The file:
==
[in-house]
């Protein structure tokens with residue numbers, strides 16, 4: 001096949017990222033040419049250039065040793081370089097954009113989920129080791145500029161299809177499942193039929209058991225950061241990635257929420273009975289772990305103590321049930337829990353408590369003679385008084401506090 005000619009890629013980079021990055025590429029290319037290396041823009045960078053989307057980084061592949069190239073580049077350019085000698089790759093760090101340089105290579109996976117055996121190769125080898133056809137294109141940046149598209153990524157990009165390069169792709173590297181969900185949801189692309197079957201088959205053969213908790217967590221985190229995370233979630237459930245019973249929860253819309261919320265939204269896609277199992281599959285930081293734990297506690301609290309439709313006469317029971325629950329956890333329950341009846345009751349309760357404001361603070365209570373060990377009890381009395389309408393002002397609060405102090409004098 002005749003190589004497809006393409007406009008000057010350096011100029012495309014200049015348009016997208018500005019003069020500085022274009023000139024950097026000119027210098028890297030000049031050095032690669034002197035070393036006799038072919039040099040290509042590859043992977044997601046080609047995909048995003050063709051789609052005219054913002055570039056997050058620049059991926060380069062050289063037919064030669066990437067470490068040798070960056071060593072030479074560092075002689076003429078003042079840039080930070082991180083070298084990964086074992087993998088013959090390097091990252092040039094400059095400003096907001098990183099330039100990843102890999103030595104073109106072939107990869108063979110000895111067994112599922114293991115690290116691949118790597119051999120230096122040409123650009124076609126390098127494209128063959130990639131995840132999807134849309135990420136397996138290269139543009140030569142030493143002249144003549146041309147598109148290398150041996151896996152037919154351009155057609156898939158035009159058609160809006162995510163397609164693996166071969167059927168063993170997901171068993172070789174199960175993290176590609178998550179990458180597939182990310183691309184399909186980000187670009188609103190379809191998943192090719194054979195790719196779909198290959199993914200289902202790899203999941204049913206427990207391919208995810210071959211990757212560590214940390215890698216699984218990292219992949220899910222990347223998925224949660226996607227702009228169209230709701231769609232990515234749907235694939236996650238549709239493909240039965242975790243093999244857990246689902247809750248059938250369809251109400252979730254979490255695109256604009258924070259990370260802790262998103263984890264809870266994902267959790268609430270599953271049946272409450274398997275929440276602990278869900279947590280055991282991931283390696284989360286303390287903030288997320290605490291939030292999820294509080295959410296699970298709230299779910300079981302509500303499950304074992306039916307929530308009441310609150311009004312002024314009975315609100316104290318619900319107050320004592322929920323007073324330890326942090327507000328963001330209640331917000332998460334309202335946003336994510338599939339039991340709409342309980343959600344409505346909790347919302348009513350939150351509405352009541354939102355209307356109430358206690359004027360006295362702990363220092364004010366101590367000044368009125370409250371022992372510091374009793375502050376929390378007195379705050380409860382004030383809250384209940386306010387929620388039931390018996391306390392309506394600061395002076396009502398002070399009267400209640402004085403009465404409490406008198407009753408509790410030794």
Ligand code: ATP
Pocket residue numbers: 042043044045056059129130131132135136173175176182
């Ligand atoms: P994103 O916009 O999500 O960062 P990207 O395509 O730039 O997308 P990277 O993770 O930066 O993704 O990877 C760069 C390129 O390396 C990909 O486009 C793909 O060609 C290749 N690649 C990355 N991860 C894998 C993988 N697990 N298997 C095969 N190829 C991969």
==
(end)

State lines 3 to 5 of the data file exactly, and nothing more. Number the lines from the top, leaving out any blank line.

Ligand code: ATP
Pocket residue numbers: 042043044045056059129130131132135136173175176182
């Ligand atoms: P994103 O916009 O999500 O960062 P990207 O395509 O730039 O997308 P990277 O993770 O930066 O993704 O990877 C760069 C390129 O390396 C990909 O486009 C793909 O060609 C290749 N690649 C990355 N991860 C894998 C993988 N697990 N298997 C095969 N190829 C991969």